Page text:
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Tuesday, September 25, 2012

Watering Citrus in Bullhead City

This is an irrigation basin around a fruit tree. The basin keeps
water contained near the tree where the roots are. This basin
receives its water from a bubbler (upper left inside the basin).
This particular bubbler puts out two gallons per minute if the
water pressure is adequate or above (it is pressure
compensated which means if the pressure is higher than
adequate it will still give only 2 gallons per minute)
I have three trees  planted in a “L” shape with the orange and lime on the bottom of the “L” and a lemon on the top. They are about 6 years old and the trunks are about 5” in diameter. They are almost 6 ft. tall and about 7 ft. in diameter. I have the three on a separate circuit with each having a 1/2 “ p.v.c. bubbler providing water every other day at 6:30 a.m. and 8:30 p.m. for 15 minutes. this fills a water well that is about 4” deep and 4 ft. across for about 10 minutes after the water goes off. The water is then absorbed into the ground.
            I have tried to let the water run longer but it seem's to want to go outside of the well and not deeper into the well. I thought about cutting down on the flow so it would run longer and maybe soaked in to the well better but I have not tried that. I have been told to water once every 90 days and let it run for 3 hours. I would have to cut the bubblers just to a drip or it would flood the yard. I don’t know what is the best option. I get a heavy crop of limes now but just a few oranges, and they are half orange and half green. any suggestions?  Remember this is in Bullhead City and it gets very hot during june thru sept

A. I forwarded your question to Terry Mikel, retired Extension Horticulturist with the University of Arizona out of the Phoenix office who knows your location very well. Here it Terry's response:

I am familiar with much of the Bullhead City soils and conditions but I have yet to hear that watering every '90' days  . . . I should think, or hope someone might have meant or you meant every '9' days .. . That would be certainly a point of clarification . .
Irrigating citrus in Hermosillo, Mexico, at USON's research
farm. This is ditch irrigation which is terribly inefficient but
still more efficient than flooding the entire field.
Water moves toward the roots from the ditch
through the soil. The most
efficient would be drip irrigation and would not need a basin
or ditch but is expensive for farmers with hundreds of acres.

            I personally avoid giving calendar or numerical days for watering . . There are too many factors; for example, are you near the river with a heavy clay soil or up on the higher ground where the soil drains much better? . . .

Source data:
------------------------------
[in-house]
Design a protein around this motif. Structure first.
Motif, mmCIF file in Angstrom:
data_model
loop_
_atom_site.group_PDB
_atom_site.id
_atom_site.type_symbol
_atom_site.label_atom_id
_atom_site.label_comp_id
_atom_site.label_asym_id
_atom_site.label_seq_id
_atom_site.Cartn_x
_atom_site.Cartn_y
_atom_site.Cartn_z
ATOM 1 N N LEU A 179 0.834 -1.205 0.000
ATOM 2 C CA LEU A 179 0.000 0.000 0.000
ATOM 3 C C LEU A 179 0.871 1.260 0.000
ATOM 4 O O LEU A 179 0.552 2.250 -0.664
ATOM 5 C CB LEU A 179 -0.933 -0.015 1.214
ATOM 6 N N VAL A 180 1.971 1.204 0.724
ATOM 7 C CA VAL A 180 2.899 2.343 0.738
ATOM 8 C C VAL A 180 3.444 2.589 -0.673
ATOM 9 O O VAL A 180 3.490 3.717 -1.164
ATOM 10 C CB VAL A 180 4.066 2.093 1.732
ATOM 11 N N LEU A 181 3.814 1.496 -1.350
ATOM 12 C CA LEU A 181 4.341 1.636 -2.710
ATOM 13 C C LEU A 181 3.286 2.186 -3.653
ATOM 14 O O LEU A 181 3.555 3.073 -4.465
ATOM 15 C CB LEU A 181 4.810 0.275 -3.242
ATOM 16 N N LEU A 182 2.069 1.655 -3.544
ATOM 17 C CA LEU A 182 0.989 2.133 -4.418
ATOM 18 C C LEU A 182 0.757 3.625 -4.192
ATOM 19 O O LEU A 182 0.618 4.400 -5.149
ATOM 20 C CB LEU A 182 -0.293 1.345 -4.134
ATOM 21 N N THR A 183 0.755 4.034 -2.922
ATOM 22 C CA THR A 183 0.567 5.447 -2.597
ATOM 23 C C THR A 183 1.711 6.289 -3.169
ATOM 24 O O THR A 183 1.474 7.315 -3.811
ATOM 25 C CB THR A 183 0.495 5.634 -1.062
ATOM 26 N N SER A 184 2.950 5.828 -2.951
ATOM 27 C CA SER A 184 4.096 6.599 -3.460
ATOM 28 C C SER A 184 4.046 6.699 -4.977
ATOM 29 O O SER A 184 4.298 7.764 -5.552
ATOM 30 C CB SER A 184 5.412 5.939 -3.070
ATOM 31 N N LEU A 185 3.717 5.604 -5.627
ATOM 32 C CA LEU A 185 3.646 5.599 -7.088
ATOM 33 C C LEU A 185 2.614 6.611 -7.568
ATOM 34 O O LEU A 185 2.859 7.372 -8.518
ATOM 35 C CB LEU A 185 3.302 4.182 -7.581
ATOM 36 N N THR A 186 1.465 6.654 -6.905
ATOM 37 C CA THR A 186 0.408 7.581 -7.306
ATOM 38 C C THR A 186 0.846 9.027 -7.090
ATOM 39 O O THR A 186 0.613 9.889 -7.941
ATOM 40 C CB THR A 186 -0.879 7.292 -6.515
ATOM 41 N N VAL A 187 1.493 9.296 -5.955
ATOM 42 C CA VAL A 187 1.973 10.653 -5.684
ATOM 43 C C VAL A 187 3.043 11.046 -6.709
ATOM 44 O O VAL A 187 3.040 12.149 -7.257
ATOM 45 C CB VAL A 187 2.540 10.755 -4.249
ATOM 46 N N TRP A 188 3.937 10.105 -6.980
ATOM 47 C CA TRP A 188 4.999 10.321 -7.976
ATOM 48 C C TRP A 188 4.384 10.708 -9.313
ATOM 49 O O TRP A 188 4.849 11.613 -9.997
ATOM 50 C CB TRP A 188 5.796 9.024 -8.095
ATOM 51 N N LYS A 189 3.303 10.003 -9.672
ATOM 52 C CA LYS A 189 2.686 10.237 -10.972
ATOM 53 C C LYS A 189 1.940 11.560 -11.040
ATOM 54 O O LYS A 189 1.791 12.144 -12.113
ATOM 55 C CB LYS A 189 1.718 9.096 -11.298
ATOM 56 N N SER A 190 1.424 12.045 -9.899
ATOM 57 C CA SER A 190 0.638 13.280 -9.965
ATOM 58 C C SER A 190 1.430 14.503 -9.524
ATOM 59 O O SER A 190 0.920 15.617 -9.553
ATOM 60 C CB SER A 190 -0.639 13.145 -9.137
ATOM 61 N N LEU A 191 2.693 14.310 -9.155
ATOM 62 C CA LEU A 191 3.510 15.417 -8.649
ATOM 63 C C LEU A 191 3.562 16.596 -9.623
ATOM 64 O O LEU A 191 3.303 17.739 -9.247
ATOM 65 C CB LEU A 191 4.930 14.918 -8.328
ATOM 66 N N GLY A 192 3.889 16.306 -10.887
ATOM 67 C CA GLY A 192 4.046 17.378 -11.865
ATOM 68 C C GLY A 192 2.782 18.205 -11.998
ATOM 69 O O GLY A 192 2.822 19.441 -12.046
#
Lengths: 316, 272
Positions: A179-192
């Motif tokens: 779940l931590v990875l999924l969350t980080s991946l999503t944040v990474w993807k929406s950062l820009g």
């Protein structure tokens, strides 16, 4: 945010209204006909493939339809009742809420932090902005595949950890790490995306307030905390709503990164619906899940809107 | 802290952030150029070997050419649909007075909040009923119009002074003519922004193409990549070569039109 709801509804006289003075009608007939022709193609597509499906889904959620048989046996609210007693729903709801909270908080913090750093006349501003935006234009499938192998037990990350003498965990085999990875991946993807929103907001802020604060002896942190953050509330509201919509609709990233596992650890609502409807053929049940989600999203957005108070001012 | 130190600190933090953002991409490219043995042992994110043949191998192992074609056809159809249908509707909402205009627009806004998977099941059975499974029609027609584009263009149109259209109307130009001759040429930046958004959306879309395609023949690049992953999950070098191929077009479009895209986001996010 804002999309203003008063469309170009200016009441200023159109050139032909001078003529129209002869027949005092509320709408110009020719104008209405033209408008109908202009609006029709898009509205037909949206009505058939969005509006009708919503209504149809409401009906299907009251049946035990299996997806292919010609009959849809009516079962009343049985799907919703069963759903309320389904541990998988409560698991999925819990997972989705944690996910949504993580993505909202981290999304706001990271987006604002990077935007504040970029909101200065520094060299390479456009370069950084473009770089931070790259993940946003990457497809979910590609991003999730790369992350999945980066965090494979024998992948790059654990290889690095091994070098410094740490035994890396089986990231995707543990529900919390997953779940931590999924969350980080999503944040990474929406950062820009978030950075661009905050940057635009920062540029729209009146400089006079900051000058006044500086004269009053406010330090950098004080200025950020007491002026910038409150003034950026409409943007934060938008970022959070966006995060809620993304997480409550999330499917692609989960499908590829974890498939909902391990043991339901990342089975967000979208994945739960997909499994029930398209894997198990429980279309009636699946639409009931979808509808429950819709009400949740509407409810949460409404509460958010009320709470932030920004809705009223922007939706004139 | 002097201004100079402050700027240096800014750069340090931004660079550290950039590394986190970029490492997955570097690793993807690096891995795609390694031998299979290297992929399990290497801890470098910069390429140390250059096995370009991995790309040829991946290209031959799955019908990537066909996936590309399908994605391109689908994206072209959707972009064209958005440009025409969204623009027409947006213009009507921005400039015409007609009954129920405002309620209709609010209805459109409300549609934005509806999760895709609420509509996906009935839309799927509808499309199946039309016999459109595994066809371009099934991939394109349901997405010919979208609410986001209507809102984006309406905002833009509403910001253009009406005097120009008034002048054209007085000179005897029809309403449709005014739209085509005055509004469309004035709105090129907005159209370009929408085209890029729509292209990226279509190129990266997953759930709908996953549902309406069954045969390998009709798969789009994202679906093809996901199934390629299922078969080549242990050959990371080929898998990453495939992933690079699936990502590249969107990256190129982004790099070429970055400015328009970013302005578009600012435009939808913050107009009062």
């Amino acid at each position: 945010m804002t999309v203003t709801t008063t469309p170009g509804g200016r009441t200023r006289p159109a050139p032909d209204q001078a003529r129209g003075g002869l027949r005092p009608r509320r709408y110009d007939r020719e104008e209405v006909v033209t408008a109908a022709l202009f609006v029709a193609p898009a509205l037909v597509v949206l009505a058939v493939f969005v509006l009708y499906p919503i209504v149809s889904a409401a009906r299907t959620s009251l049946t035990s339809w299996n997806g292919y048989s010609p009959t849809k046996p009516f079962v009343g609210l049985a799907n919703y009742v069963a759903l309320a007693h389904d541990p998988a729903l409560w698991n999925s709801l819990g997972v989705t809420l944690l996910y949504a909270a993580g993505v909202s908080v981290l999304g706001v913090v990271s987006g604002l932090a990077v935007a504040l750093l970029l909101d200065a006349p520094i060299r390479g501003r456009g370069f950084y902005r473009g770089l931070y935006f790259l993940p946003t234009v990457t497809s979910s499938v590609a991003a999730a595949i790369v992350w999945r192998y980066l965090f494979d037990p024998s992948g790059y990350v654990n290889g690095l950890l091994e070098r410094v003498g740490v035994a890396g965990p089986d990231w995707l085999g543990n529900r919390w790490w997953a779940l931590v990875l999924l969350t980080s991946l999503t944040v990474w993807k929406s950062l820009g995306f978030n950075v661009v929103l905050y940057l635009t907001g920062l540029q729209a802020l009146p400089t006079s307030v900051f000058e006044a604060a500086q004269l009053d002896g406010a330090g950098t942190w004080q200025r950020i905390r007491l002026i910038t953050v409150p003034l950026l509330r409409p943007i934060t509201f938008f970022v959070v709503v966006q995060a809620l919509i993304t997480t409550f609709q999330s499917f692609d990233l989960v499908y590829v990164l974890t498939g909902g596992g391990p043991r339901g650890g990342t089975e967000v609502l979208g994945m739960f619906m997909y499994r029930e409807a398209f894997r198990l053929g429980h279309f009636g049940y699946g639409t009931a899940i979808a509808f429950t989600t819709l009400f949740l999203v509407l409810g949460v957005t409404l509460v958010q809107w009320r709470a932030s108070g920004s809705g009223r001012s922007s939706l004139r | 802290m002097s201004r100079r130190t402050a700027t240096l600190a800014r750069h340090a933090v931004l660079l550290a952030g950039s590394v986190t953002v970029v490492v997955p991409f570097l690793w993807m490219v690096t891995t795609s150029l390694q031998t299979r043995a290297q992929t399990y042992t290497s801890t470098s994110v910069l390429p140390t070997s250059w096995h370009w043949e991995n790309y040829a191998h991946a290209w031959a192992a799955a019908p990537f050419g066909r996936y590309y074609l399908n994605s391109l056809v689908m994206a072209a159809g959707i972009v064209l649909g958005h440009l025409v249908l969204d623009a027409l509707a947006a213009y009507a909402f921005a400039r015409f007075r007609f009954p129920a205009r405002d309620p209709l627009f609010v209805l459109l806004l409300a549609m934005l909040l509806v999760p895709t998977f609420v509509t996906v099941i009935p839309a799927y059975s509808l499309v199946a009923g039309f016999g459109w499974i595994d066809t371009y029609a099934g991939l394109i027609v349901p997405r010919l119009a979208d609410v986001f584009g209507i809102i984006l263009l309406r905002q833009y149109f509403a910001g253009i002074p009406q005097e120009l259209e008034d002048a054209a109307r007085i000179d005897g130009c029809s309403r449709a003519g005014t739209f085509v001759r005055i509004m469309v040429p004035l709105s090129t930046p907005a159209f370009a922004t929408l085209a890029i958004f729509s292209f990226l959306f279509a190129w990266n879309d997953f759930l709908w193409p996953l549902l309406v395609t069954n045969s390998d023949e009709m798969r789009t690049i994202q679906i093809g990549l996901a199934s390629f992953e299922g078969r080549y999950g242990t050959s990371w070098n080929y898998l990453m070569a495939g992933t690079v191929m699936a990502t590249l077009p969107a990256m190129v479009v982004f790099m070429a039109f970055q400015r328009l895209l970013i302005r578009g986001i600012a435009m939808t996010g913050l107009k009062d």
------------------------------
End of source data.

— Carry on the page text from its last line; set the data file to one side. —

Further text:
It sounds like you are careful and meticulous about watching the growth and you should check the soil in the morning hours and water when it is dry down a couple inches . .  .Remember to check in the morning not in the afternoon when the heat will dry all soils there down a couple inches . . In the morning the soil will have the cooling  of the night to percolate water up from below thus rehydrating (fancy word for wetting) the upper soil zone . . . If you want to add more water and much more efficiently then change how you add the water . .

Set the repeat cycle to  whatever time it takes the initial water to move into the soil and then run the set again instead of spacing it out for hours . . This is called surge watering and it works much better than the delay . . . Maybe next summer you can try and see if you can go more days between waterings without impacting the plant . .

If you have a fast draining soil it might not work; likewise, if your soil is heavier you might . . . Don't forget that a nice thick layer of mulch on the soil surface saves a lot of water from being lost into the air through evaporation . . .

There are some great Master Gardeners in your area that are both knowledgeable and grow lots of things under your conditions . .

With respect to the lime's yield vs. the orange's yield:  My first guess is the orange is a Navel type orange . . They are notoriously sensitive to hot dry condition and their fruits drop like flies . .

The plant itself does well but the fruits you get are great but the number you get is usually a disappointment . . .It's almost a shame they are sold . . .

Terry Mikel

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